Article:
Compared to the 127,000 eligible Liberals in the 2013 Leadership Race the number of eligible 2017 Conservatives is almost double.  The difference: who could vote.

Traditionally the only Canadians allowed to vote in a political party’s leadership are members of the political party.  These are Canadians who are either a member of the party (MP/MPP/MLA/MNA) or have bought a membership – given a specified donation and have a card identifying them as a member.  Breaking with tradition the Liberals brought attention to their race by opening it to all Canadians; if a voting age Canadian was not a member of another party (did not have a membership with another political party) he could sign up, attend debates, and vote.

Members vs. Supporters

While the Conservative Party brought members the Liberal party brought supporters.  Members of a political party are assumed to be loyal to the party paying an annual membership fee.  Voters in the Conservative Leadership Race were large; they had a large number of members.  On the other hand the Liberal Leadership Race allowed Members and Supporters.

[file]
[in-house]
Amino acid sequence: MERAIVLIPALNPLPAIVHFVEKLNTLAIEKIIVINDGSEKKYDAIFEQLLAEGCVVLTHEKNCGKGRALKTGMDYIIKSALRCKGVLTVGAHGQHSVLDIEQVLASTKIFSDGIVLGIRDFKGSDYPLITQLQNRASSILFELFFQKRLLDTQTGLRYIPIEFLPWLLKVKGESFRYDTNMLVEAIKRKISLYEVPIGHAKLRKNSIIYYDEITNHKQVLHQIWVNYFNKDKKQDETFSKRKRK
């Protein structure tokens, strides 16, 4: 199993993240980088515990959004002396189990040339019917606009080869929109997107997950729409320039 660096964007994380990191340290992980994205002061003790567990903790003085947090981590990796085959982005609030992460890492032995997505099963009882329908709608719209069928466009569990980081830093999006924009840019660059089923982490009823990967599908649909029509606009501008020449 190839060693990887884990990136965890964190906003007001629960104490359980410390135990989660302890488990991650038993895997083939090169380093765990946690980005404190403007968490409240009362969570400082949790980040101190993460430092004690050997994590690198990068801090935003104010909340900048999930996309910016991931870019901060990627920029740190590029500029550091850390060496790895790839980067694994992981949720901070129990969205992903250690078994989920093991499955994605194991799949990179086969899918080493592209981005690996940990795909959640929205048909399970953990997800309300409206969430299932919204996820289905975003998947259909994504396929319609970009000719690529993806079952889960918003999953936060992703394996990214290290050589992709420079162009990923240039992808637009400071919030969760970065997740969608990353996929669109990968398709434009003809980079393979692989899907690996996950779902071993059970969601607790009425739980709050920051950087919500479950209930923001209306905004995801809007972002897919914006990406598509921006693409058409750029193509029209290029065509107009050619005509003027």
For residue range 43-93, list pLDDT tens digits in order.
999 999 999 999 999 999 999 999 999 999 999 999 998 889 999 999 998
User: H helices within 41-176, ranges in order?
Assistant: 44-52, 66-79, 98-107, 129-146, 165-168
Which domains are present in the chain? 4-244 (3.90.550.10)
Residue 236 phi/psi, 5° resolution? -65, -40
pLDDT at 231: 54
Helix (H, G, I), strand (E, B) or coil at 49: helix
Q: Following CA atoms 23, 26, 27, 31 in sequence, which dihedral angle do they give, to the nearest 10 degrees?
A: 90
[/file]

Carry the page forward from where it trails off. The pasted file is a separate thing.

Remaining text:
A Supporter is someone who wants to be involved in the political party but doesn’t want to pay the fee.  A Supporter is commonly someone who says “I usually vote for the Liberals but I might vote Conservative, NDP, Green or Bloc Quebecois if they campaign on something that’s better”.

Members receive a card that identifies them as an official member; they can attend events such as the annual conference and are included in other discussions like policy conventions and local visits from the leader to members.  A Member is commonly someone who says “No matter what happens, even if I know my party is going to lose, I’m going to vote for them.”